On a blistering summer day in San Antonio, Becky Hammon, 37-year old former WNBA star, sat at a podium, with a purple button-down shirt rolled up to her elbows, black pants and black heels. Hammon is flanked by RC Buford and Gregg Popovich, two of basketball’s most influential contemporary minds. The soon-to-be retired 15-year vet of the WNBA, who’s just been named the first female assistant coach in NBA history, looks the part.
Evolution is perhaps the greatest driving force for change.
In spite of tremendous advances, both racism and sexism are still very much a part of the fabric of our culture. In many areas of our society these issues have eroded, but in American professional sports, sexism remains.
While Title IX has proven to be a tremendous stepping stone for women in sports, there have been very few advances for females in sports media and positions of influence in male professional sports. Varying opinions and perhaps more importantly, perspective, are the natural cogs to the free flow of discourse within a society. A lack of female voices in American professional sports does a disservice to the discourse as a whole.
As scarce as positions in sports media are for women, these roles provide an oasis in the greater desert of professional sports. Coaches, assistant coaches, general managers and other front office positions in the Big Four of professional American sports (NBA, MLB, NFL and NHL) are all male dominated.
As far as professional sports leagues are concerned, the NBA has always been more progressive than the others.
Bill Russell became the NBA’s first African-American head coach nearly a quarter of a century before that same feat would be achieved by Art Shell with the Oakland Raiders in the NFL. The NBA was the first professional sports league to introduce female referees, and has been blessed (before Hammon) with brilliant female minds like Cheryl Miller and Nancy Lieberman. Last year, Michele Roberts became the first woman voted as executive director of the National Basketball Players Association.
Gregg Popovich is most certainly a progressive, but his motive for hiring Hammon had little to do with the social implications. Part of Pop’s genius is his continuous commitment to evolution. Pop has presided over the most successful organization in professional sports. He’s won five championships (third-most of any coach in the history of the NBA), but he’s still as much a student as he’s a teacher. It’s this quality that could very well be the most influential in Pop’s success.
After a relatively quiet year on the bench as an assistant, Hammon’s name received greater recognition when she, as head coach, helped the Spurs win a Summer League title in Las Vegas.
Is Becky Hammon now ready to be an NBA head coach?
What about Nancy Lieberman?
Or…how about Ettore Messina, the Spurs lead assistant, and longtime successful European head coach?
Becky Hammon’s coaching readiness is no different from a bunch of other assistant coaches in the NBA; they’re only as ready as the commitment they receive from the organization willing to hire them.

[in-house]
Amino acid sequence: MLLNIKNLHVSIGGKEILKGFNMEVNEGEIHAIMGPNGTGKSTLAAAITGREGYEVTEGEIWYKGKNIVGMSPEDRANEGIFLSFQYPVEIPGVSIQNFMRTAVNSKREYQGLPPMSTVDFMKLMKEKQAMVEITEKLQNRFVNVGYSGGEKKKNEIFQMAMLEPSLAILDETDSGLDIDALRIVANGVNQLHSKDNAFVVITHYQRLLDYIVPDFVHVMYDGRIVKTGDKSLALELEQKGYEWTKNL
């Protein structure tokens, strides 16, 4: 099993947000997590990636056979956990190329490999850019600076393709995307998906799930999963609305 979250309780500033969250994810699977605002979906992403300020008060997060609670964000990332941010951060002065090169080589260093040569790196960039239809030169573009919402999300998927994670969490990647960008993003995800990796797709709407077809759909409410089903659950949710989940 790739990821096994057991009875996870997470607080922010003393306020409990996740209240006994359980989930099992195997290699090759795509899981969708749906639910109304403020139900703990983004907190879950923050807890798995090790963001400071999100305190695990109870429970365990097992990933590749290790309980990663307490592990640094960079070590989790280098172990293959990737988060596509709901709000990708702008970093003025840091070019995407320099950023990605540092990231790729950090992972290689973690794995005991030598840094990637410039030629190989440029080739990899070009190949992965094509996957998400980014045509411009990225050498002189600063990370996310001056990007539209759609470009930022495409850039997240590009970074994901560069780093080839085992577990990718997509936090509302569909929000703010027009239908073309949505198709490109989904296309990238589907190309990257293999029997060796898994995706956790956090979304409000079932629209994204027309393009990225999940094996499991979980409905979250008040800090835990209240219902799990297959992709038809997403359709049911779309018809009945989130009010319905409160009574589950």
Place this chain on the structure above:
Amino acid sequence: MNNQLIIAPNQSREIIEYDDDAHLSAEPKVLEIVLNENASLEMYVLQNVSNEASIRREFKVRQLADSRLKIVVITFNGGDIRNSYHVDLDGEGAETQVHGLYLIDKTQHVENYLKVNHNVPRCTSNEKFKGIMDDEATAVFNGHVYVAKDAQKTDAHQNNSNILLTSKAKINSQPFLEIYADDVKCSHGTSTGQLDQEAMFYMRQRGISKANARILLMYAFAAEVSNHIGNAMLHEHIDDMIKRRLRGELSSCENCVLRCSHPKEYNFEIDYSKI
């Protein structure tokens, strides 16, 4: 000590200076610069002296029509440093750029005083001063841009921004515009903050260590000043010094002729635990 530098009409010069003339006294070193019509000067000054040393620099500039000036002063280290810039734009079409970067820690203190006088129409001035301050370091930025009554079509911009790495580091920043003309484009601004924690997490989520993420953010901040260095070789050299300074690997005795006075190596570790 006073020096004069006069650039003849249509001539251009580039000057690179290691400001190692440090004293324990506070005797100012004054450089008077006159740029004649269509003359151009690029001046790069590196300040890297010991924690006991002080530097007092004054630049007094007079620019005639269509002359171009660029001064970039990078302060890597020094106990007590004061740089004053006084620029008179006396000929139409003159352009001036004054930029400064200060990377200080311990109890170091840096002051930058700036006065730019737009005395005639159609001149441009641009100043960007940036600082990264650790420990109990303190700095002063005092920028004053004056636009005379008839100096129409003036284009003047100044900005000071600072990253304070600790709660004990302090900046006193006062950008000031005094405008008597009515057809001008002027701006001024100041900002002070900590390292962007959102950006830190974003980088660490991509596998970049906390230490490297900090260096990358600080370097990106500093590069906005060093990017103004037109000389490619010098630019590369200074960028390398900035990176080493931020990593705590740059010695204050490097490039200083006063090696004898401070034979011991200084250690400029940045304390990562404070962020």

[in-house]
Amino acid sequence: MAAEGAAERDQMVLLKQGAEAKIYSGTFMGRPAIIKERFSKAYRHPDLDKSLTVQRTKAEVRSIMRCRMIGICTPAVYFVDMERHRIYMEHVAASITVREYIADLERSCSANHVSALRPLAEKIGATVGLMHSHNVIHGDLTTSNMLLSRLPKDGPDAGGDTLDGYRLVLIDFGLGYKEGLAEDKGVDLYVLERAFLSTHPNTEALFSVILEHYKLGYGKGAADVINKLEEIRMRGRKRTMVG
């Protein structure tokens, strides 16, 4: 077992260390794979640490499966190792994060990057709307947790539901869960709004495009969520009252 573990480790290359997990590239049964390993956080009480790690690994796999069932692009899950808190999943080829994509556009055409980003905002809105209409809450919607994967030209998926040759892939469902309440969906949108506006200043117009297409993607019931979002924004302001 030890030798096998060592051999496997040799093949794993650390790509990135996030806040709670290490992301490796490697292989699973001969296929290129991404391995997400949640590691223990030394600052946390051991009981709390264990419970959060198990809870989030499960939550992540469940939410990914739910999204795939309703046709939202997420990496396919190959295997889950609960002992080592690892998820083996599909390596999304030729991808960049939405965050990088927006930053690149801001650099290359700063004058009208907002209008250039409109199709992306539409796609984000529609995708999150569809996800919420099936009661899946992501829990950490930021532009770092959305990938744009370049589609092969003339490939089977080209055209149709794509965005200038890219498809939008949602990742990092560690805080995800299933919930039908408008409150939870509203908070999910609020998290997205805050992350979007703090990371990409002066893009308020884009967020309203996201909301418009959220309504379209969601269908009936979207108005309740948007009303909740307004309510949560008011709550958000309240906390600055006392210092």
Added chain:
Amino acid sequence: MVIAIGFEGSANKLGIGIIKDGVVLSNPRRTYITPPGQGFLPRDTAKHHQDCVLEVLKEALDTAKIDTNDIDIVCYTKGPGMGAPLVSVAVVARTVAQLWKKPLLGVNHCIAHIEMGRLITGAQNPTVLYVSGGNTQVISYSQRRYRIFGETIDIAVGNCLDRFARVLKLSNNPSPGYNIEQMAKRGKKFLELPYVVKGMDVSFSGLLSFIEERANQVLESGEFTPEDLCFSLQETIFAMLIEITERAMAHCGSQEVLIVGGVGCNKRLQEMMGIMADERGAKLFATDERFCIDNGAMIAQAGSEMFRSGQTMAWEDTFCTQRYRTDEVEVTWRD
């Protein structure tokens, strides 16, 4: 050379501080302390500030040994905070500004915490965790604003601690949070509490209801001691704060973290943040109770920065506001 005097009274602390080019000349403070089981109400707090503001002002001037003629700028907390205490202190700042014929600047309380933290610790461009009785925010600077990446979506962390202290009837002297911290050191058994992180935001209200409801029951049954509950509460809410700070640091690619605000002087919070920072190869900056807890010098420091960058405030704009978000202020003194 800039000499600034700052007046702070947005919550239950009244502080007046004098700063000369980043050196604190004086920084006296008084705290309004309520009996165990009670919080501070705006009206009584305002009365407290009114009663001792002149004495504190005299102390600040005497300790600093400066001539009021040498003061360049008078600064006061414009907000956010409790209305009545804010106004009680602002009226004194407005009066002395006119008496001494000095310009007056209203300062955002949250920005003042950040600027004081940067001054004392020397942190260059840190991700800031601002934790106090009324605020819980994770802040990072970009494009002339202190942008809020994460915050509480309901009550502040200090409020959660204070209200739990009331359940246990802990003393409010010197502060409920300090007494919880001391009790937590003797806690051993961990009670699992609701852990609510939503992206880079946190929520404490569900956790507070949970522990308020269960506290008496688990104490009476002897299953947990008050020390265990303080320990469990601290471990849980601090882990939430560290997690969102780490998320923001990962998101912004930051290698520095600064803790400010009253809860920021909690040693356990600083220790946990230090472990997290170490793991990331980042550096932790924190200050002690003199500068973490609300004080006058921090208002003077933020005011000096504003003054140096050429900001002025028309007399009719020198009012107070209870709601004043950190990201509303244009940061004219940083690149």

Championships aren’t won by coaches, players, owners or GM’s; they’re won by organizations. The same is true for losing. It takes an organization, but only one man, or perhaps soon one woman, will take the fall.
Hire a coach and commit to that coach. Commit to the philosophy, schemes and players, or otherwise commit to losing.
Was Jacque Vaughn ready to be an NBA head coach? Vaughn sat in the second row of assistant seats, the same row Hammon sat in last year, for two seasons for the Spurs before he was hired in Orlando. The Magic hired Vaughn after Dwight Howard and Stan Van Gundy left town. They had a poor cap situation and the 19th pick before Vaughn’s first season. Two top five picks later, the Magic fired Vaughn. Is he a bad coach? It takes an organization to win and it takes an organization to lose.
Decades ago, in a small town in South Dakota, a young Becky Hammon fired shots at the basket with her dad. “Will I ever play in the NBA?’” asked Hammon. “He looked at me and said ‘uh, sweetie no, you’ll never be able to play in the NBA, but if you are really, really good maybe you’ll be able to get a college scholarship.’”
Individuals capable of instilling social change have to understand one defining principle: they must be comfortable being uncomfortable. After being passed over by USA Basketball, Becky Hammon opted to represent Russia, a nation where she played professionally during the WNBA offseason, and was a dual citizen. She was widely criticized, especially from USA Basketball coach Anne Donovan. This wasn’t a political statement, but rather a statement in individual mettle. Becky Hammon was determined. This is where her remarkable journey to becoming professional sports’ first full-time female assistant, and perhaps first female NBA head coach began.
Is Becky Hammon ready?
Of course she is. She’s been fighting her entire life.
Will she be successful?
In that endeavor she’s not unique at all.